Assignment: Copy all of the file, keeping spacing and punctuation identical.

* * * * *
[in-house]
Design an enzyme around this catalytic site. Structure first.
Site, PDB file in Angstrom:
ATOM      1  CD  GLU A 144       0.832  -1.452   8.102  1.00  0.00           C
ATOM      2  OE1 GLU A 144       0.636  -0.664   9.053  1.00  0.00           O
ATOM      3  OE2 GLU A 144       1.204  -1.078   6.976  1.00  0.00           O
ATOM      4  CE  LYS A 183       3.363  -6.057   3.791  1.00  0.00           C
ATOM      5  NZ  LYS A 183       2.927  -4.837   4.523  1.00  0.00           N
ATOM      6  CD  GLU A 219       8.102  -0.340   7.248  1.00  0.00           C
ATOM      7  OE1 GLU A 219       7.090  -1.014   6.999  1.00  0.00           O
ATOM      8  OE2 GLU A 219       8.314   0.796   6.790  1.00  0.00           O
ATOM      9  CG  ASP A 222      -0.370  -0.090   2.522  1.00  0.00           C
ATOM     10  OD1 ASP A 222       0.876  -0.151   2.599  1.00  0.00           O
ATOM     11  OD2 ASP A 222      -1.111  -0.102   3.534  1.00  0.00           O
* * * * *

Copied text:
[in-house]
Design an enzyme around this catalytic site. Structure first.
Site, PDB file in Angstrom:
ATOM      1  CD  GLU A 144       0.832  -1.452   8.102  1.00  0.00           C
ATOM      2  OE1 GLU A 144       0.636  -0.664   9.053  1.00  0.00           O
ATOM      3  OE2 GLU A 144       1.204  -1.078   6.976  1.00  0.00           O
ATOM      4  CE  LYS A 183       3.363  -6.057   3.791  1.00  0.00           C
ATOM      5  NZ  LYS A 183       2.927  -4.837   4.523  1.00  0.00           N
ATOM      6  CD  GLU A 219       8.102  -0.340   7.248  1.00  0.00           C
ATOM      7  OE1 GLU A 219       7.090  -1.014   6.999  1.00  0.00           O
ATOM      8  OE2 GLU A 219       8.314   0.796   6.790  1.00  0.00           O
ATOM      9  CG  ASP A 222      -0.370  -0.090   2.522  1.00  0.00           C
ATOM     10  OD1 ASP A 222       0.876  -0.151   2.599  1.00  0.00           O
ATOM     11  OD2 ASP A 222      -1.111  -0.102   3.534  1.00  0.00           O